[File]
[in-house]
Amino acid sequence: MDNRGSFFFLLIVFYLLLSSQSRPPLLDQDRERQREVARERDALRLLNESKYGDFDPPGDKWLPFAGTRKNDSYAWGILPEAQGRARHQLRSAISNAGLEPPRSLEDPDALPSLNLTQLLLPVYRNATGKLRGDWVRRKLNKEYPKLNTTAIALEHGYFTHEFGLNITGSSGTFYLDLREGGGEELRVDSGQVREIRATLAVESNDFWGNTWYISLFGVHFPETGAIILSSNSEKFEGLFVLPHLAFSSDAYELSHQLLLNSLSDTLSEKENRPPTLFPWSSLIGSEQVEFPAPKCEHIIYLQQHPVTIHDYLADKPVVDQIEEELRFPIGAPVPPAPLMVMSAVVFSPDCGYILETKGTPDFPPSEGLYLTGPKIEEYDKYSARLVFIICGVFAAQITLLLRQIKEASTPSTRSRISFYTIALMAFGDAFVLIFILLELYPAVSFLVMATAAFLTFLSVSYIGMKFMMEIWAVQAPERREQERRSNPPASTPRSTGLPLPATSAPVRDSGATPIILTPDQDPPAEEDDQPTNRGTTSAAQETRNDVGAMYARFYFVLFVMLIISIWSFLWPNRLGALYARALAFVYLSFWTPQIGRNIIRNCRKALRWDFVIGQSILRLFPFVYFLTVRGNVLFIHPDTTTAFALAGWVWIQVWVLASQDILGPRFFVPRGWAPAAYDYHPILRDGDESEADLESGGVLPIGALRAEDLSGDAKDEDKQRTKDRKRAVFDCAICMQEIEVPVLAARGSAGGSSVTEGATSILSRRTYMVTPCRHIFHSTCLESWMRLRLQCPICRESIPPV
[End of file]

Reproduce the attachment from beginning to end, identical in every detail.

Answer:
[in-house]
Amino acid sequence: MDNRGSFFFLLIVFYLLLSSQSRPPLLDQDRERQREVARERDALRLLNESKYGDFDPPGDKWLPFAGTRKNDSYAWGILPEAQGRARHQLRSAISNAGLEPPRSLEDPDALPSLNLTQLLLPVYRNATGKLRGDWVRRKLNKEYPKLNTTAIALEHGYFTHEFGLNITGSSGTFYLDLREGGGEELRVDSGQVREIRATLAVESNDFWGNTWYISLFGVHFPETGAIILSSNSEKFEGLFVLPHLAFSSDAYELSHQLLLNSLSDTLSEKENRPPTLFPWSSLIGSEQVEFPAPKCEHIIYLQQHPVTIHDYLADKPVVDQIEEELRFPIGAPVPPAPLMVMSAVVFSPDCGYILETKGTPDFPPSEGLYLTGPKIEEYDKYSARLVFIICGVFAAQITLLLRQIKEASTPSTRSRISFYTIALMAFGDAFVLIFILLELYPAVSFLVMATAAFLTFLSVSYIGMKFMMEIWAVQAPERREQERRSNPPASTPRSTGLPLPATSAPVRDSGATPIILTPDQDPPAEEDDQPTNRGTTSAAQETRNDVGAMYARFYFVLFVMLIISIWSFLWPNRLGALYARALAFVYLSFWTPQIGRNIIRNCRKALRWDFVIGQSILRLFPFVYFLTVRGNVLFIHPDTTTAFALAGWVWIQVWVLASQDILGPRFFVPRGWAPAAYDYHPILRDGDESEADLESGGVLPIGALRAEDLSGDAKDEDKQRTKDRKRAVFDCAICMQEIEVPVLAARGSAGGSSVTEGATSILSRRTYMVTPCRHIFHSTCLESWMRLRLQCPICRESIPPV